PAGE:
Technology is a great thing, and sex tech is often at the forefront of technological advances. Teledildonics have changed the way we think about play, and they are great for long distance relationships and brilliant for web cam. Nothing is ever perfect, though, and the teledildonics revolution has been plagued with doubts about security.
For webcam performers, the appeal of teledildonics is obvious. Thanks to technology and the wonders of the internet, someone halfway around the world from you can control your vibrator, and you can charge them for the privilege. For clients, this type of interaction is as close to being in the room with their chosen performer as they’re ever likely to get. It’s a win-win.
Gathering data is fine, but ask first.
More and more concerns have been raised about the hackability of teledildonics. In April 2017, sex toy giant We-Vibe agreed to pay $3.75 million after being accused of failing to protect customers’ data. We-Vibe’s teledildonic devices had been specifically designed to collect and record intimate and sensitive information. This data-harvesting included information about the times of use, details about vibration settings and battery life, all of which was linked to users’ email addresses.
Sure, companies often gather data for reasonable purposes like enhancing user experiences and improving the technology. In this case, the data harvesting had been carried out without users’ knowledge or consent –- and that’s where the problem lay. Though We-Vibe assured customers none of the data collected was passed to third parties, the duplicitous nature of its collection raised questions about teledildonics.
How hackable is that teledildonic on your nightstand?
It’s not just data harvesting webcammers need to worry about when using teledildonic devices. Significant evidence points to how hackable the devices can be. The We-Vibe’s data issue was revealed by two independent hackers at the 2016 DEF CON conference. During their experiments with We-Vibe devices, in spite of the devices’ security precautions, the hackers discovered they could break in and take control.
The implications are alarming. Conceivably, any teledildonic device connected to the internet via an app is vulnerable to hacking. There’s even the potential for malware to piggyback into your phone or device via the sex toy’s app. This is a horrific scenario and an obvious violation of consent.
Sex toy manufacturers have been doing their best to play down web security experts’ fears and reassure their customers about their products’ safety, but recently yet another worrying story made headlines.
Earlier this month, Italian information security researcher Giovanni Mellini revealed in a blog post how easily a Bluetooth-enabled butt plug can be hacked –- in this case, the Hush by Lovense, which is billed as the world’s first teledildonic butt plug that can be controlled from anywhere.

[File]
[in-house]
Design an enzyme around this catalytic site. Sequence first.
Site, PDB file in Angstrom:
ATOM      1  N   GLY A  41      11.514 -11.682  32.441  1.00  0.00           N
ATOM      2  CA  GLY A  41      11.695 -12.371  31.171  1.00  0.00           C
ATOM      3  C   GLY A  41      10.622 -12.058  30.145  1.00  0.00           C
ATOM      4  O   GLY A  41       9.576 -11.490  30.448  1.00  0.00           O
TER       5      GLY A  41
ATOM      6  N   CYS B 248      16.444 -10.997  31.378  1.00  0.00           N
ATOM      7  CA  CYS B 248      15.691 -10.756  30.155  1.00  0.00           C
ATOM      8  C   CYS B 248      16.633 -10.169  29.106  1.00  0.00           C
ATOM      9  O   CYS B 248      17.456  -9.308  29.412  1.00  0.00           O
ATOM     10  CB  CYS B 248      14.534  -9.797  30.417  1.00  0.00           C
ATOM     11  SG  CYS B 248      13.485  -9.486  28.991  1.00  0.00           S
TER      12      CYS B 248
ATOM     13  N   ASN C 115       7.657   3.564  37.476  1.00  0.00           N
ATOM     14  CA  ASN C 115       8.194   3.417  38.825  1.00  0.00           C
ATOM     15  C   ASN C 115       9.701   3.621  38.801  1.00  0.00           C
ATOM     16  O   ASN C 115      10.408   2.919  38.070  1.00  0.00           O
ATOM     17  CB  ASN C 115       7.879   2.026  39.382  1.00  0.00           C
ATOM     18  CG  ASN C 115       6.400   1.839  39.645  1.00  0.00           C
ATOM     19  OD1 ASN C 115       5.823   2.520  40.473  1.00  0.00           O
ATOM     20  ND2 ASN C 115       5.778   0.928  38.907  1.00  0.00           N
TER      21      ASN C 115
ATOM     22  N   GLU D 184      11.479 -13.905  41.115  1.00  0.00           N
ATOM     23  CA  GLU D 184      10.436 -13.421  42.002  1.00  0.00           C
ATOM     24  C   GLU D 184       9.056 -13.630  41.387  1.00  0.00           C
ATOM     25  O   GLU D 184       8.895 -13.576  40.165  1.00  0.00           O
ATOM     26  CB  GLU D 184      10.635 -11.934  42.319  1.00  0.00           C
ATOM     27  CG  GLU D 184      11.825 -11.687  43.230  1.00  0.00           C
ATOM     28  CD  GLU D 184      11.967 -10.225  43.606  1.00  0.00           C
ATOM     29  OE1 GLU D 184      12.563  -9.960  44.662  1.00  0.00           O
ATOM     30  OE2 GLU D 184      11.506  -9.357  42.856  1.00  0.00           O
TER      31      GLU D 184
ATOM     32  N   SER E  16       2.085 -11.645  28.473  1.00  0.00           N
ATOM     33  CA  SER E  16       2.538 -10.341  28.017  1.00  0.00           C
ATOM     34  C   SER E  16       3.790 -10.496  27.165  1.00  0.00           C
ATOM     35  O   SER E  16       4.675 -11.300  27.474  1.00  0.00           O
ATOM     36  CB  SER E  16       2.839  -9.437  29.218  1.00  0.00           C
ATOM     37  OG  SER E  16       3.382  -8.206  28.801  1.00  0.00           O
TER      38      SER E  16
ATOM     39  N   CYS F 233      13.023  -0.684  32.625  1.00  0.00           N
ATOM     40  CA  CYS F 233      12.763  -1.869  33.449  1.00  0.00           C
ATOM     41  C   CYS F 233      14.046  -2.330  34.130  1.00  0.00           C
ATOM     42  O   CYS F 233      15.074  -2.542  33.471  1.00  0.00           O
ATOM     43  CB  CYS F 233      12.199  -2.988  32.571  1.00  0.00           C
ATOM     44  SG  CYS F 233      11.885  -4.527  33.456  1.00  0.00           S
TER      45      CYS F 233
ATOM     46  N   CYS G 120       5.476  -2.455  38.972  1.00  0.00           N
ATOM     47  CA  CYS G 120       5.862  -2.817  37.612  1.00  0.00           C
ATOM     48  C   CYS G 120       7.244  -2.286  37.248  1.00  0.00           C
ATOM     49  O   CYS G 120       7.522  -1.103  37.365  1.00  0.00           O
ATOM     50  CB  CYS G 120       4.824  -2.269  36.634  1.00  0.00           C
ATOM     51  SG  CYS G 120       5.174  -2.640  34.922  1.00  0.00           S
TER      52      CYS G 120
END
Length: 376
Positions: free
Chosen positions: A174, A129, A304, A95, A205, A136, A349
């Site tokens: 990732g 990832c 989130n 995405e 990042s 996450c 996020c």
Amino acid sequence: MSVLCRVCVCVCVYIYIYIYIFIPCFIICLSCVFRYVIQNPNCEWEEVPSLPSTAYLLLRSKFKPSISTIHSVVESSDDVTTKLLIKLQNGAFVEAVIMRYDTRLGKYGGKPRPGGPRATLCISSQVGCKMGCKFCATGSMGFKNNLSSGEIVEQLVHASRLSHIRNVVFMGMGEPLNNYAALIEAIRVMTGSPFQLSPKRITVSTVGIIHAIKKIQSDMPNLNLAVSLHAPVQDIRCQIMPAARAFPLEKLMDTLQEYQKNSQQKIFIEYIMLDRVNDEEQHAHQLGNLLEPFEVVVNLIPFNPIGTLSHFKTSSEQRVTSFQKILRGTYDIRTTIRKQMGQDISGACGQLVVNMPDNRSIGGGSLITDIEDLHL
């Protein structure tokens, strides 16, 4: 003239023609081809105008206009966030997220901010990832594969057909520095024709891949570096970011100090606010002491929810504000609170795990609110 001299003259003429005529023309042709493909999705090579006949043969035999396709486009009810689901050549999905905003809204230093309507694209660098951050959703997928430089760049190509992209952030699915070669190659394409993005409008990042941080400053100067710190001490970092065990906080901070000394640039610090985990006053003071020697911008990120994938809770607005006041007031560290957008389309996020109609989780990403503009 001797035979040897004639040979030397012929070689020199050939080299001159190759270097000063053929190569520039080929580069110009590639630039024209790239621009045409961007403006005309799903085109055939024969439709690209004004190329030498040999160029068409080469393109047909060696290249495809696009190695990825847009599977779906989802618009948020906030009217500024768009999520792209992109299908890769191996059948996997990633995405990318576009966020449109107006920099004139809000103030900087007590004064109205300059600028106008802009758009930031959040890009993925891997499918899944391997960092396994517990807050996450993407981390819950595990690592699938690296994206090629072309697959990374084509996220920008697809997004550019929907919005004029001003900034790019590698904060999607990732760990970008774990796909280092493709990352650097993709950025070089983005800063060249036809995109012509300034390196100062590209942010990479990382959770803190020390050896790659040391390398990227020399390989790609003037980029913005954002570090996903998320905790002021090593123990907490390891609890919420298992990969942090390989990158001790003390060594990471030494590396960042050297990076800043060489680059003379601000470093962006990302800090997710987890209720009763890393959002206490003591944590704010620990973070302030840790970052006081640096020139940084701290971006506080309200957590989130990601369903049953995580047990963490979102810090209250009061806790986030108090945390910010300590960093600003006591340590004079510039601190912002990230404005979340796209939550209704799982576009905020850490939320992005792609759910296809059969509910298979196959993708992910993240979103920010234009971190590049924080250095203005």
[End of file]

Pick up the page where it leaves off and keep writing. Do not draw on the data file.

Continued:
Mellini’s research unfortunately indicated anyone within Bluetooth range can control the Hush. Although the initial research means someone would have to be close to the user to take control of the Hush, making the device totally hackable would not be difficult.
Another recently exposed sex toy hack is the Svakom Siime Eye vibrator. This clever vibrator has an onboard camera to take intimate pics and videos during use. For webcam performers, there are obvious advantages to a toy with a camera included, and the ability of the Siime to get more intimate than a web cam opens a whole world of opportunity.
Alarmingly, PenTestPartners, a penetration testing company, has discovered not only is the Siime hackable, but it als is possible, if the device is connected to a Wi-Fi network, to harvest a list of passwords, local networks and video data. This level of security breach obviously would leave users –- including cam performers — open to great distress and vulnerable to blackmailing.
Is a teledildonic butt plug worth the risk?
A lot of the security issues associated with teledildonics seem to be related to cost-cutting when building the toys’ tech. In the battle to be first on the market, companies bypass more complicated security features in favor of cheaper, easier ones. Hackers, being hackers, always will test the breach-ability of any web-enabled device, so building technology on the security-cheap at the outset must change.
As consumers, we need to accept price tags on teledildonics likely will rise in relation to increased security. In fact, given what’s at stake, we may need to demand it. The earning potential with teledildonics is huge. Surely the initial outlay is a small price to pay for security when playing with these intimate devices.
Katy Seymour is a super-sex-positive writer in the U.K. who believes kink is life. Email her at email@example.com.
Watch these hackers demonstrate their takeover of your sex toys during DEF CON 2016.